With the midterm elections now several days behind us, we can assess what the new U.S. Congress looks like for women in general and for progressive, pro-choice feminists in particular.
—There will be at least 85 voting women members of Congress in January. Depending on how five undecided races turn out (four in the House, one–Lisa Murkowski of Alaska–in the Senate), the percentage of women in Congress will either remain the same or, at the most, go down by about 1.5 percent. Considering that the current percentage is 17 percent women in the Senate and about 15 percent women in the House, obviously there’s still a long way to go towards gender equity.
–There will be eight new Republican women in the House and half as many new Democratic women. The Republican newcomers are Martha Roby (Ala.), Sandy Adams (Fla.), Vicky Hartzler (Mo.), Nan Hayworth (N.Y.), Renee Ellmers (N.C.), Christy Noem (S.D.), Diane Black (Tenn.) and Jaime Herrera (Wash.). Just one, Herrera, is a woman of color. On the other hand, the four Democratic newcomers are all women of color: Terri Sewell (Ala.), Karen Bass (Calif.), Colleen Hanabusa (Ha.) Frederica Wilson (Fla.).
–We lost nine Democratic House members, eight of whom strongly supported reproductive rights. Sad goodbyes to Ann Kirkpatrick (Ariz.), Betsy Markey (Colo.), Suzanne Kosmas (Fla.), Debbie Halvorson (Ill.), Dina Titus (Nev.), Carol Shea-Porter (N.H.), Mary Jo Kilroy (Oh.) and Stephanie Herseth Sandlin (S.D.). Pennsylvania’s anti-abortion Rep. Kathy Dahlkemper, who also lost, cosponsored the Stupak-Pitts amendment and was then vilified in Republican ads for supporting Obama’s health-care reform.
–We lost one pro-choice incumbent in the Senate and added an anti-choice woman. Democrat Blanche Lincoln (Ariz.), who was generally pro-choice but voted to outlaw late-term abortions, lost her seat, while the only woman newcomer to the Senate–Palin-supported Republican Kelly Ayotte (N.H.)–strongly opposes reproductive choice.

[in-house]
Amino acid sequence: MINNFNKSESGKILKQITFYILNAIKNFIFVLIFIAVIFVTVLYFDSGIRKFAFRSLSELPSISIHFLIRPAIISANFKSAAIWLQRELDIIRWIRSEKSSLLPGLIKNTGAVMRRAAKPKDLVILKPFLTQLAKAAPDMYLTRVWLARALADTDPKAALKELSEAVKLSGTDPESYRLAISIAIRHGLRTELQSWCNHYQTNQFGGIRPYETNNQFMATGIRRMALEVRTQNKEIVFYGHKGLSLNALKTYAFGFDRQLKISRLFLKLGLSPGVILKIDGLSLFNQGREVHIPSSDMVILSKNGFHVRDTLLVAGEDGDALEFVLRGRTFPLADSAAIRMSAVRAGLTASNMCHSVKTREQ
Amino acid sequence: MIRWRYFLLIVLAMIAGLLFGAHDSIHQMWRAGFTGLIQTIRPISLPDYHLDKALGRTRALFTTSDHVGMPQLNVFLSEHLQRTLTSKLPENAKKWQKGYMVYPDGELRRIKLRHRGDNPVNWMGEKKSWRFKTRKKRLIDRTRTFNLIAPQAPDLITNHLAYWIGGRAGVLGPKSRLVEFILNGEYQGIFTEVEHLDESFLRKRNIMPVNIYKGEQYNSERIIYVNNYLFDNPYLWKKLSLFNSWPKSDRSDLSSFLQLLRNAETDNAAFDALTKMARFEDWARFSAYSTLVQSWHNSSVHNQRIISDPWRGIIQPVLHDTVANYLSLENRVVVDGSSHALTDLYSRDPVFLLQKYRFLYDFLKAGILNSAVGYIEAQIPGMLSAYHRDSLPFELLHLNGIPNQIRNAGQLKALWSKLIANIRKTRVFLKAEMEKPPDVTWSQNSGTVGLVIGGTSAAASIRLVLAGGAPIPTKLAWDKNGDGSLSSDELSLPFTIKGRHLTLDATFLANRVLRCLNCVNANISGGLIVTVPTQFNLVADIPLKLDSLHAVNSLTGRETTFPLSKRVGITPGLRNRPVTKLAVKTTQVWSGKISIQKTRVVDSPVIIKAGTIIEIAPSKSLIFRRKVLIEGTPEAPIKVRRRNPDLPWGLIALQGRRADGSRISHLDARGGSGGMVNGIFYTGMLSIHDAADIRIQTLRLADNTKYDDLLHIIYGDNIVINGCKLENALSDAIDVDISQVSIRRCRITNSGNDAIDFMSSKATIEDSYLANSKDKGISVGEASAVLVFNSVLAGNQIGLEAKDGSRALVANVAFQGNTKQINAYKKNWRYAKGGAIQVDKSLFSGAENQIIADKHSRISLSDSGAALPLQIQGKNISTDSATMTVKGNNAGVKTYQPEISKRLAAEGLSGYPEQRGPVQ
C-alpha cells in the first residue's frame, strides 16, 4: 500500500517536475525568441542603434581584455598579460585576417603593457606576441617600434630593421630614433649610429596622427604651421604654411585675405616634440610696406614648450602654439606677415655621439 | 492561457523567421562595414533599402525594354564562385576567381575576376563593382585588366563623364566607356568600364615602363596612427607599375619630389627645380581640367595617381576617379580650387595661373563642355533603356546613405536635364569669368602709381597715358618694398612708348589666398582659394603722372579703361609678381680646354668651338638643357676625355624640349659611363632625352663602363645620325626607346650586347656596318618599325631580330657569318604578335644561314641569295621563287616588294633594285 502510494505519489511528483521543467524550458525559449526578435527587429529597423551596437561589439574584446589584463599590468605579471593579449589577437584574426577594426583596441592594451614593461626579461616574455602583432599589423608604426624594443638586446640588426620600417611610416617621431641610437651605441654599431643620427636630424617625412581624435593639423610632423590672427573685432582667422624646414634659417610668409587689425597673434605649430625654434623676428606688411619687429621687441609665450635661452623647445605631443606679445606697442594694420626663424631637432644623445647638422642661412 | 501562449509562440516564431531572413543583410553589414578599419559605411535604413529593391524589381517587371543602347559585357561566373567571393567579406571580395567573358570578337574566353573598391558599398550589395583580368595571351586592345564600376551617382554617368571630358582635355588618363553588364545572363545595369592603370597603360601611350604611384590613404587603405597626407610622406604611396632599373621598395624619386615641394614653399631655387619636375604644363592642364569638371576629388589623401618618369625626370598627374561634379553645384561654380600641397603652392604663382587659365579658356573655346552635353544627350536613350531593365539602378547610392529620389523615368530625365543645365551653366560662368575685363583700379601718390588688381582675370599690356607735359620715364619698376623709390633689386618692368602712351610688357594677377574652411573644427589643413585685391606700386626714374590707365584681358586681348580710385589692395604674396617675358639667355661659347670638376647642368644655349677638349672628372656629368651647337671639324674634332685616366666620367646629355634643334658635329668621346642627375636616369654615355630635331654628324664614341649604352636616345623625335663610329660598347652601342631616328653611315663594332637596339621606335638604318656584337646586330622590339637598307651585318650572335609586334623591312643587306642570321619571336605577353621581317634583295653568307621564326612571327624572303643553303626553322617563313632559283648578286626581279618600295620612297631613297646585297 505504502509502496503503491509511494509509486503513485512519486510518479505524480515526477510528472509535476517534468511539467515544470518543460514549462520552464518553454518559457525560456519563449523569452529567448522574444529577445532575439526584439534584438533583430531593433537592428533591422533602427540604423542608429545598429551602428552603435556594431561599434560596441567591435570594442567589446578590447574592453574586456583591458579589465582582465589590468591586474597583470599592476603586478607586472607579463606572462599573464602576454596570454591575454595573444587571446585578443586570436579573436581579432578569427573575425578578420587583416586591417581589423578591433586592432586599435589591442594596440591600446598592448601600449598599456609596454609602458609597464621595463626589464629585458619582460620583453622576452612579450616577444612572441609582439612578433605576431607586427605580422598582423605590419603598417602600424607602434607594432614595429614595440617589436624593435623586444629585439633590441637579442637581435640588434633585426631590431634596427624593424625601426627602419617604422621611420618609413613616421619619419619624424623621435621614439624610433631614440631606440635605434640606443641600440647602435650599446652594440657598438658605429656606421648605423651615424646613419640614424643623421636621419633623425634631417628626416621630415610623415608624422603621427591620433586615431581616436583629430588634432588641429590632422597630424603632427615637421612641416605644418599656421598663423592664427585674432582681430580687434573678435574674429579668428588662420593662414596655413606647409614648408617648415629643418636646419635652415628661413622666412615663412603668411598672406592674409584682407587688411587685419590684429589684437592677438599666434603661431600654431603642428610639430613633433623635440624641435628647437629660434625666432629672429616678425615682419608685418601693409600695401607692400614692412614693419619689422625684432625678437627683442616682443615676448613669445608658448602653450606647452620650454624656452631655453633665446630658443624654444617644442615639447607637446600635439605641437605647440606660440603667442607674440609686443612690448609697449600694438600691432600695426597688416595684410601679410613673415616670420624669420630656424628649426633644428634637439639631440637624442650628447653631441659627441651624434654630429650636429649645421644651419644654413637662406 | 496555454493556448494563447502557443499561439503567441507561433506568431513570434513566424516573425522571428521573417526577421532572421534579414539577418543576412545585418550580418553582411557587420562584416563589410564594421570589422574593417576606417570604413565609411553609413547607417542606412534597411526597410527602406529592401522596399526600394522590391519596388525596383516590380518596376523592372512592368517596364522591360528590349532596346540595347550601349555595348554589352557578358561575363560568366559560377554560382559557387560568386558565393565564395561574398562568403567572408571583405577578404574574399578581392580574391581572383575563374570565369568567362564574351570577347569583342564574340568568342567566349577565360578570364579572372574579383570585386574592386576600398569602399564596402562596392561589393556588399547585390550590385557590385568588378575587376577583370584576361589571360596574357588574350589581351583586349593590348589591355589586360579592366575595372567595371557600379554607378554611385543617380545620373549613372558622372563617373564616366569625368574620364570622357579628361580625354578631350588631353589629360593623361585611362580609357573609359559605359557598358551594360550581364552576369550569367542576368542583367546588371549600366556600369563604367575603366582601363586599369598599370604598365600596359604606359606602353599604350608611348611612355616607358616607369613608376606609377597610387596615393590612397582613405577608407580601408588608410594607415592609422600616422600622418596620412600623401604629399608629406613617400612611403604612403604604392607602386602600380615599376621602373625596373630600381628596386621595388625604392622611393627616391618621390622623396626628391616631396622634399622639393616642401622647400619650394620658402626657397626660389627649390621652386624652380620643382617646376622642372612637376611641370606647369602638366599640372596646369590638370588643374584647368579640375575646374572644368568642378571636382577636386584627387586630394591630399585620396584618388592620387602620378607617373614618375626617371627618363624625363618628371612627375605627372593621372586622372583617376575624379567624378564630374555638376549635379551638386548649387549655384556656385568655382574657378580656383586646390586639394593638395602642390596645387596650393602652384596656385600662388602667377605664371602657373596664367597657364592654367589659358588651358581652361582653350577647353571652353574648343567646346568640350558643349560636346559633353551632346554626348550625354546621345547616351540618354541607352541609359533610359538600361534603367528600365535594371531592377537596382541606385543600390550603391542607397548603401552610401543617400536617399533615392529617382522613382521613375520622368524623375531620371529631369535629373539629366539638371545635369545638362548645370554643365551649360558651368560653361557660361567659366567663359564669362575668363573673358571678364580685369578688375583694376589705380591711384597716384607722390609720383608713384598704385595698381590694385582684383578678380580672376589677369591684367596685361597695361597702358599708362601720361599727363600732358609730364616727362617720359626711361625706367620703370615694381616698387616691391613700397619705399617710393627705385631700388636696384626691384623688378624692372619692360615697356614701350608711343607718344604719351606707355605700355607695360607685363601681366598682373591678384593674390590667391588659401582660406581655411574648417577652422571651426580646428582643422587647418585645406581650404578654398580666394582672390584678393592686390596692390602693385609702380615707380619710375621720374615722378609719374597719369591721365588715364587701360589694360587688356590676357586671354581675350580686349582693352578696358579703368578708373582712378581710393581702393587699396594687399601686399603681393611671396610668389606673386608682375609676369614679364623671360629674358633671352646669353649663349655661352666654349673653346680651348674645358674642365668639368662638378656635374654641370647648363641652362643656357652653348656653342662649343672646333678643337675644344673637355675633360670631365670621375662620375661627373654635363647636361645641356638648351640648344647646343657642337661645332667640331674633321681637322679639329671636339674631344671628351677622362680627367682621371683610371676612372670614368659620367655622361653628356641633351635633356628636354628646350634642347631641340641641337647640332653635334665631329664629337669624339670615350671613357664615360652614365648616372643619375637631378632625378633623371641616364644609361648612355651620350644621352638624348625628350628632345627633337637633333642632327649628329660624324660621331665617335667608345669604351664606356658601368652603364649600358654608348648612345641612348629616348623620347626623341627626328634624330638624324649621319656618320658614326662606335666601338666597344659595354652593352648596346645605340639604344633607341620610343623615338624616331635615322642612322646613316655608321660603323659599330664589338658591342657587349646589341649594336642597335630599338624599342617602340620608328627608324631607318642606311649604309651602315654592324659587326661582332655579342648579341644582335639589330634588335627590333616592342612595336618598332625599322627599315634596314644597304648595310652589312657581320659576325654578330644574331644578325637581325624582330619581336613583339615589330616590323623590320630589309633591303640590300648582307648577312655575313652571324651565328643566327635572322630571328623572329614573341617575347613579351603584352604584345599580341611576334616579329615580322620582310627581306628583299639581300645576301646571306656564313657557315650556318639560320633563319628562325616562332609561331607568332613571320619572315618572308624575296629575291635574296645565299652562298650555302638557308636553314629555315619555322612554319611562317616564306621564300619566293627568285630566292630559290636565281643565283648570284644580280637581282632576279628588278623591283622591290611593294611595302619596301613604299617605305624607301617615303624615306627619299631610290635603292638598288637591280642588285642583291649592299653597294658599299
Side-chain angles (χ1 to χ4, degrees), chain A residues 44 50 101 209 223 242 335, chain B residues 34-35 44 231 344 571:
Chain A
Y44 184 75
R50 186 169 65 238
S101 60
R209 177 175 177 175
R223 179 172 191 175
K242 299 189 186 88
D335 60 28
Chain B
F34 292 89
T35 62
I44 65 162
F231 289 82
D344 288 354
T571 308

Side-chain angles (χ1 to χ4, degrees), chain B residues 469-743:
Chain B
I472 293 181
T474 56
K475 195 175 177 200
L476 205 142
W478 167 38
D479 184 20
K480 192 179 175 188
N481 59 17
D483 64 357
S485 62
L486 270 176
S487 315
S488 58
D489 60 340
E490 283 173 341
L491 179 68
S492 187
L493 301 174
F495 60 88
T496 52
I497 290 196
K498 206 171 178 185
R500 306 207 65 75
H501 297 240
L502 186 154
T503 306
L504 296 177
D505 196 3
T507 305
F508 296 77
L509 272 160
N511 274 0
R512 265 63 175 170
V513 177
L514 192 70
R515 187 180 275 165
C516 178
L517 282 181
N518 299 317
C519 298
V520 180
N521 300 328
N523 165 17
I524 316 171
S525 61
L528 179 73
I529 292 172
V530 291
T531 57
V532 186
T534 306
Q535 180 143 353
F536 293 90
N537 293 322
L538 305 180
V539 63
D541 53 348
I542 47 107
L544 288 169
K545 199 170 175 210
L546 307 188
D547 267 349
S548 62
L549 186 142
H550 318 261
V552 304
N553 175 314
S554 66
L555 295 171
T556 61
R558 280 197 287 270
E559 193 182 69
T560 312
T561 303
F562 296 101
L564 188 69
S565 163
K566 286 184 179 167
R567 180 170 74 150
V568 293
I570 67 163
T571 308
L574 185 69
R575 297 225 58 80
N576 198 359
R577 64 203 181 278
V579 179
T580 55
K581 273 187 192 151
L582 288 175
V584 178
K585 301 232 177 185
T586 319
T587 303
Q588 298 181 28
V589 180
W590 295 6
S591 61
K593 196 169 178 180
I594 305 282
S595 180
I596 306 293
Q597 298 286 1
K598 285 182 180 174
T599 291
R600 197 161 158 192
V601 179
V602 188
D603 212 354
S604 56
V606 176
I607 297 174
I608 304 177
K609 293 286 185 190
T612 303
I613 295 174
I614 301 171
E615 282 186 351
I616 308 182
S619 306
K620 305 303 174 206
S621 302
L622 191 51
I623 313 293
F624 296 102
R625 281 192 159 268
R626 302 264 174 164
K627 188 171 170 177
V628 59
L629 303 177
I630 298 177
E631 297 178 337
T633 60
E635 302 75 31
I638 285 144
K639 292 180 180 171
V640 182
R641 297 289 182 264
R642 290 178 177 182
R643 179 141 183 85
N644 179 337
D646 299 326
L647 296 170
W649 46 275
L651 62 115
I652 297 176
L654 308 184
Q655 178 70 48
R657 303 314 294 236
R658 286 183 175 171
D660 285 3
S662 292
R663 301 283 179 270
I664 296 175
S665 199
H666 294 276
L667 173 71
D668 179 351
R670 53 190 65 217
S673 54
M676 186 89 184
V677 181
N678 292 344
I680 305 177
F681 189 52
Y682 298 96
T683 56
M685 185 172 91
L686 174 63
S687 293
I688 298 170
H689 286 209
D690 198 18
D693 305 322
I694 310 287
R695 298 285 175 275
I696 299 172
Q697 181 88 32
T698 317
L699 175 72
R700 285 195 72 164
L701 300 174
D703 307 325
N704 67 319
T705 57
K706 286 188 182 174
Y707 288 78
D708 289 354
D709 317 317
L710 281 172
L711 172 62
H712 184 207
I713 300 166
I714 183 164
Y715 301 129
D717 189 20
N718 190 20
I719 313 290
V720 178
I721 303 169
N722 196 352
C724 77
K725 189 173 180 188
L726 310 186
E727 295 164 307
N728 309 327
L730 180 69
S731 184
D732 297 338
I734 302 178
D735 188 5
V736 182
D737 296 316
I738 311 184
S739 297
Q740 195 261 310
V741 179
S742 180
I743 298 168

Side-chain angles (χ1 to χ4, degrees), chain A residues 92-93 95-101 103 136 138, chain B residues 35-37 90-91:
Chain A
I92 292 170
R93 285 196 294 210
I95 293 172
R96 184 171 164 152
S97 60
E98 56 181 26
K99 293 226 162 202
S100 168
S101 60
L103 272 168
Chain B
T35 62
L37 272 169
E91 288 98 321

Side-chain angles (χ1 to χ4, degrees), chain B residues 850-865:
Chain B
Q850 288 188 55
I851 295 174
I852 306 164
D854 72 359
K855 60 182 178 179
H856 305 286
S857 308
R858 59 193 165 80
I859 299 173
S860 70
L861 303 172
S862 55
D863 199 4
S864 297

–The biggest loss to feminists is the pro-choice House Democratic leadership team. Unquestionably, we’ll miss Nancy Pelosi in her pioneering role as the first woman House Speaker, along with her pro-choice team of Majority Leader Steny Hoyer (Md.), Majority Whip James Clyburn (S.C.) and Assistant to the Speaker Chris Van Hollen (Md.). Replacing them will be the virulently anti-reproductive-rights Republican leadership team of John Boehner (Oh.), Eric Cantor (Va.), Kevin McCarthy (Calif.), Mike Pence (Ind.) and Pete Sessions (Tex.).
–Thirteen anti-choice Democrats were defeated by anti-choice Republicans. And 24 House Democrats who lost had voted yes on the Stupak/Pitts Amendment. (We hope this suggests that Democrats are better off putting forth strong pro-choice candidates, since the anti-choice ones don’t have deep support anyway.)
–We won’t miss three powerful anti-choice Democratic House chairs who lost or retired. They are Ike Skelton (Mo.), chair of the House Armed Services Committee; the retired David Obey (Wisc.), chair of the House Appropriations Committee; and James Oberstar (Minn.), chair of the Committee of Transportation and Infrastructure. Obey insisted on inserting funding for abstinence-only programs to match funding for comprehensive family planning programs in the House appropriations bills; Skelton fought the ERA extension in the late 1970s.
–Bye bye, Blue Dogs. While certain conservative Republicans obviously fared well in the election, conservative “Blue Dog” Democrats were, as a whole, trounced. The Blue Dog caucus lost nearly half its membership–26 of 54, including two of its four co-chairs. The Progressive Caucus, meanwhile, is likely to grow beyond its current public membership of 84.
Stay tuned for more analysis.
Thanks to Eleanor Smeal and the Feminist Majority for the analysis; for more, see here.
Pro Choice protester Photo from Flickr user Jenn Farr under Creative Commons 3.0.